Elderly people and persons with disabilities have the lowest degree of access to media sources, according to the research published in mid-December by the Independent Journalism Center (IJC). The authors of the research also reveal an emphasized discrepancy between the use of and access to the three types of sources of information: the traditional ones, the new ones, and the community ones. However, in their opinion, access to media products in itself does not ensure that vulnerable and/or marginalized groups comprehend the information consumed by them, and does not protect them from manipulation, either.
According to the research, elderly people’s access to media sources is restricted by the lack of skills of using information technologies (phones or laptops), as well as by the fact that many of them, especially elderly people residing in the countryside, only have access to one or a few TV channels. As to persons with disabilities, in particular, those with visual impairments, their access to media sources is limited by the lack of sign language on many TV channels, as well as the lack of the required formats for this group of people on most web pages.
The research also demonstrates a sharp discrepancy between the use of and access to the main sources of information. Thus, the traditional ones, such as TV, radio, newspapers, and magazines, are more frequently used by people from the countryside than by those residing in the urban environment and, in particular, by elderly people and persons with disabilities. TV is a source of information for the elderly people (94%), persons with disabilities (82%), and women from the countryside (80%). These categories also show a greater trust in the traditional information sources.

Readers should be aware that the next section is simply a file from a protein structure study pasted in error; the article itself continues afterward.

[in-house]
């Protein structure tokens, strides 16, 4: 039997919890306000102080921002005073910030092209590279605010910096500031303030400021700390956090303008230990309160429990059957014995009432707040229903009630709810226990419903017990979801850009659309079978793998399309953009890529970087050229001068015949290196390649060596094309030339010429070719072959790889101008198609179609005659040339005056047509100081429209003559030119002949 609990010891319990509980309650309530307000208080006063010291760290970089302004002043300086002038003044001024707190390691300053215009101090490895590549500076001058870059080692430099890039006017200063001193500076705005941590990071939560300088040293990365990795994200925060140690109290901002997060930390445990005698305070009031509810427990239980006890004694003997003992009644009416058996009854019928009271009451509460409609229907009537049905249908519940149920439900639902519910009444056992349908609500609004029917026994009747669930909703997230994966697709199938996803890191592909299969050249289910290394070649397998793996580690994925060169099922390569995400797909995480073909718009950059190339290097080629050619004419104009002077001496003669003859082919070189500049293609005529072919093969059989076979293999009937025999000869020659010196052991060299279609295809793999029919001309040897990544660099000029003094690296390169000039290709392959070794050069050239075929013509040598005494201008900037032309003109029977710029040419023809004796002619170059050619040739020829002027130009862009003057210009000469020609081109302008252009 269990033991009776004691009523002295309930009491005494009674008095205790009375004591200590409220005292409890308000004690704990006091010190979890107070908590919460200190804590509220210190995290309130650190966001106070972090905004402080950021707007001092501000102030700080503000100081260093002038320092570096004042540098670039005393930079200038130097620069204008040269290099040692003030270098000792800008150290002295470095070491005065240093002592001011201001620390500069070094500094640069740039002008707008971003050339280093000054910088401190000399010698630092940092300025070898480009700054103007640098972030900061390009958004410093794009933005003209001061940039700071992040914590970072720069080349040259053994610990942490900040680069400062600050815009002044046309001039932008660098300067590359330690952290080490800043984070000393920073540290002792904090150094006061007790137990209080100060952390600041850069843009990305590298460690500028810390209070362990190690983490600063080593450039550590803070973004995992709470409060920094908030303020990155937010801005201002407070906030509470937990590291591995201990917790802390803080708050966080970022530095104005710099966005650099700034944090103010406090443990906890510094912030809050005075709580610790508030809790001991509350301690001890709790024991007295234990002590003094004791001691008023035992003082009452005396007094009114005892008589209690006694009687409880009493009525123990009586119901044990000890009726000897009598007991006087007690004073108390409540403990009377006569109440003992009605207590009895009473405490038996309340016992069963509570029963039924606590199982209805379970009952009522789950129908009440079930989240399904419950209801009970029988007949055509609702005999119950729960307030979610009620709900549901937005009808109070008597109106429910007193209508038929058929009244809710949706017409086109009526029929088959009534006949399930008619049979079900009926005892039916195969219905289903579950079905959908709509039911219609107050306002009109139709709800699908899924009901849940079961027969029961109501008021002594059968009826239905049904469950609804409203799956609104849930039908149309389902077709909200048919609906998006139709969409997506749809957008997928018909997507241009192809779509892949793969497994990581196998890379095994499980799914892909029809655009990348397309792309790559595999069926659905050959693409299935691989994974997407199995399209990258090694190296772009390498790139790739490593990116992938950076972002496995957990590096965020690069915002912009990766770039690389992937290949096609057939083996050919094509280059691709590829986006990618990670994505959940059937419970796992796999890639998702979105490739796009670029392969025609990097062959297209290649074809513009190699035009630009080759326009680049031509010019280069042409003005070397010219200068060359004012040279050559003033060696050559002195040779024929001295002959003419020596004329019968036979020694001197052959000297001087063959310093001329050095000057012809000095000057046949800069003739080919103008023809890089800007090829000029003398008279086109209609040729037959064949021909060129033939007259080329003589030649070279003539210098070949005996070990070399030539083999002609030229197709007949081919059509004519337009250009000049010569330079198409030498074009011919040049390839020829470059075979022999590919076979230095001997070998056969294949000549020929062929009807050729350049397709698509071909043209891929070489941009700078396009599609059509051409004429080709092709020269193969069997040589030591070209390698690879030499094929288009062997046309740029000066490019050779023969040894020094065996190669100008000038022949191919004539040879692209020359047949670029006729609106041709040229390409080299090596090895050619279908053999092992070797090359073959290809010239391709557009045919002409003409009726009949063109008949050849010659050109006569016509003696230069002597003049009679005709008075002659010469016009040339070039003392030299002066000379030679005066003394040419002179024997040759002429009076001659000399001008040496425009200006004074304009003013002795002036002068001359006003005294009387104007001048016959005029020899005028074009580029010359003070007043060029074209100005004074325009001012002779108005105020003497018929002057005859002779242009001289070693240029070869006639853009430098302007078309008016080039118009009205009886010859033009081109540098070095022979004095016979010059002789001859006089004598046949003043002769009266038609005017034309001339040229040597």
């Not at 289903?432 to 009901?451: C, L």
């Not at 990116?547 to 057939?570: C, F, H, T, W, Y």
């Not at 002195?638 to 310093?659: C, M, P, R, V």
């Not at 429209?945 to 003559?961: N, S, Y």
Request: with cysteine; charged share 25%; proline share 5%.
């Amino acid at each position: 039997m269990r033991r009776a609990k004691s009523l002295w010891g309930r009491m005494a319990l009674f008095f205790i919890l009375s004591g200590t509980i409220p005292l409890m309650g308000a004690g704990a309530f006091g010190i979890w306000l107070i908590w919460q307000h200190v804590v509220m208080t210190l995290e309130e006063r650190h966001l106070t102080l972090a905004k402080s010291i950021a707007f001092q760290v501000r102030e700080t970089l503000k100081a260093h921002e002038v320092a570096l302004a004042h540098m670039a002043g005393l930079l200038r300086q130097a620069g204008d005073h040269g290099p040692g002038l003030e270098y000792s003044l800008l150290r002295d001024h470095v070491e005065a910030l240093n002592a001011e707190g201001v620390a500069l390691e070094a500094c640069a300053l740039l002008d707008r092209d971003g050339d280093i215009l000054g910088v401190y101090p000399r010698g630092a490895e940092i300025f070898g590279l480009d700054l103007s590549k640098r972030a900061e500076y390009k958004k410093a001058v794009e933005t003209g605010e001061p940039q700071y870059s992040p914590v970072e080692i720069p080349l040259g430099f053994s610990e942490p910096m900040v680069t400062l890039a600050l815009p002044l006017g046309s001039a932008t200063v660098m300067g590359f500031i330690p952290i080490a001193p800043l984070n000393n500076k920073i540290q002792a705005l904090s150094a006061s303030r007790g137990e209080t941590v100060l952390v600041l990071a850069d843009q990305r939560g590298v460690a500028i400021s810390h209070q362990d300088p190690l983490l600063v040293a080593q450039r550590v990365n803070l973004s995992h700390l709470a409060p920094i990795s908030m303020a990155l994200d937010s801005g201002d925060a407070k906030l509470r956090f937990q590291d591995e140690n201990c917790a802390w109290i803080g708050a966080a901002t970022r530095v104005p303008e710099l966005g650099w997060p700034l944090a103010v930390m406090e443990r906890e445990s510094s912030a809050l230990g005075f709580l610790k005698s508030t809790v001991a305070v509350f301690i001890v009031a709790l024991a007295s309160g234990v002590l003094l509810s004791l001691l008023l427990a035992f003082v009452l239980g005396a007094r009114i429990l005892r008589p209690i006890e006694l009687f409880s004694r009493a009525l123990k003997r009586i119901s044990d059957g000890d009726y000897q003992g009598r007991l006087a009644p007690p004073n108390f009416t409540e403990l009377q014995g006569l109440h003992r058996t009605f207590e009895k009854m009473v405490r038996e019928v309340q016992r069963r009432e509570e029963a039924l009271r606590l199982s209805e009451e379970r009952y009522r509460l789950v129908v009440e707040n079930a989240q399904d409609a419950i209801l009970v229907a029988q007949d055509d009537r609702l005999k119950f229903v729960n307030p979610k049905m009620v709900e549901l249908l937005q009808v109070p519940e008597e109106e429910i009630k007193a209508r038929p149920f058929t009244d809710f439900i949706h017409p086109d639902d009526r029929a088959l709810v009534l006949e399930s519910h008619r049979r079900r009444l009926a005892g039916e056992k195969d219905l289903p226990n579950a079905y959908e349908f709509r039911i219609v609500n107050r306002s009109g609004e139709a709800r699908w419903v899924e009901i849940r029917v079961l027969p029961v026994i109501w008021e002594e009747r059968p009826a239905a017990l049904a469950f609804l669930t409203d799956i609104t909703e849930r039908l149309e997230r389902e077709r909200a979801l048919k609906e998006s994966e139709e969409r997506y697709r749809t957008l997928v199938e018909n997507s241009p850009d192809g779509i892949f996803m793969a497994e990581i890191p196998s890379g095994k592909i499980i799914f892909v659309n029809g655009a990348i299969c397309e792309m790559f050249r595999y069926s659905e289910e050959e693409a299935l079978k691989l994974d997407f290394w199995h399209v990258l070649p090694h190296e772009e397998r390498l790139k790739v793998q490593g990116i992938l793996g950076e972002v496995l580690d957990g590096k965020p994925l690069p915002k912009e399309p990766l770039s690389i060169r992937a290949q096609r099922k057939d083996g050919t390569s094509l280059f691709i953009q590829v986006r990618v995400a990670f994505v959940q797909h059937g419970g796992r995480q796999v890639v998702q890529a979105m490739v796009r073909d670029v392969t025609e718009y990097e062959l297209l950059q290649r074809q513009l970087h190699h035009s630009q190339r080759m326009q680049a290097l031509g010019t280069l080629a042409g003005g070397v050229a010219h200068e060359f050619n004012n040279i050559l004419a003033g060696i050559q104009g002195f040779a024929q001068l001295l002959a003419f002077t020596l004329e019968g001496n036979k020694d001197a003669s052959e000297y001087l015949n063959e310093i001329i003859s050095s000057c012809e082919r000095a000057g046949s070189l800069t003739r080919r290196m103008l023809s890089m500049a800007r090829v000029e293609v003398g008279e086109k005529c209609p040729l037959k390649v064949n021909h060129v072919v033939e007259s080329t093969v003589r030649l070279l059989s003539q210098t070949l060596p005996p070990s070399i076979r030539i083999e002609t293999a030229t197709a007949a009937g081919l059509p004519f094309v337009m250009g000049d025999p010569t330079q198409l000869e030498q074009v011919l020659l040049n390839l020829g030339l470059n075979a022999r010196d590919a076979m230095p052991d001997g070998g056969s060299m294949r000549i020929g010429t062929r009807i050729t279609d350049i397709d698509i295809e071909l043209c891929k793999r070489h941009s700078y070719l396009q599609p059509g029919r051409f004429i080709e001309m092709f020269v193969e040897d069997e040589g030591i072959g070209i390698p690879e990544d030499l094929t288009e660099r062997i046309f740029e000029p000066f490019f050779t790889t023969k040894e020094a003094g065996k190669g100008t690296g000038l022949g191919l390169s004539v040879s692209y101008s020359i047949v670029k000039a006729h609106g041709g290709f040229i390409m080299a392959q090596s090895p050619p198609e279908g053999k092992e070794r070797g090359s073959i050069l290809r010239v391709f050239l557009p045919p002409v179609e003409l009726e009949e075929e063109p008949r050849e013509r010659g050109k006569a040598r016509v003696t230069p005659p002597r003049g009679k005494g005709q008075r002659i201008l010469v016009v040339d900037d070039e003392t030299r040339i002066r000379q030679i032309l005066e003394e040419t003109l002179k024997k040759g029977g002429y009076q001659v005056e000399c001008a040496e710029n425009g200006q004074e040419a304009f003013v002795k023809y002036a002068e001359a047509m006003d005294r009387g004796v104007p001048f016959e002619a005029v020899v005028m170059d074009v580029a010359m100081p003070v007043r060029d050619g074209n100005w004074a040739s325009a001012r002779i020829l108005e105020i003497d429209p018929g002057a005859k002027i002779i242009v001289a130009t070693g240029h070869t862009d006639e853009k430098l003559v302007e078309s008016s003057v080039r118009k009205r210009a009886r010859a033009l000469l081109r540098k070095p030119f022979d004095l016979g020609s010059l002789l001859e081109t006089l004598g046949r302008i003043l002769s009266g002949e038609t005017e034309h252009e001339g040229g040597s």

On the other hand, news websites, social networks, and Telegram/Viber/Whatsapp groups are more often used by young people, urban population, and refugees. 80% of young people and women in the Republic of Moldova use social networks. Besides, 78% of the refugees get information from these sources, as they are more accessible, more useful, and faster. Podcasts, in particular, are listened to by young people (13%).
The authors of the research also examined another category of information sources, i.e. the community ones: colleagues, relatives, neighbors, family members, billboards, civil society organizations, and local public administration. Family members are one of the main sources of information for women from the countryside (46%) and people with disabilities (42%); urban young people (38.3%), refugees (37.9%), the Romani (36.5%), and elderly people (36.2%) mostly get information from their colleagues/relatives/neighbors. Although community sources are not very frequently used, respondents tend to trust them more.
At the same time, the research reveals that vulnerable and/or marginalized groups’ mere access to media products does not ensure that they comprehend the information they consume and does not protect them from manipulation, either, due to their insufficient level of media education and the large amount of fake news they are faced with.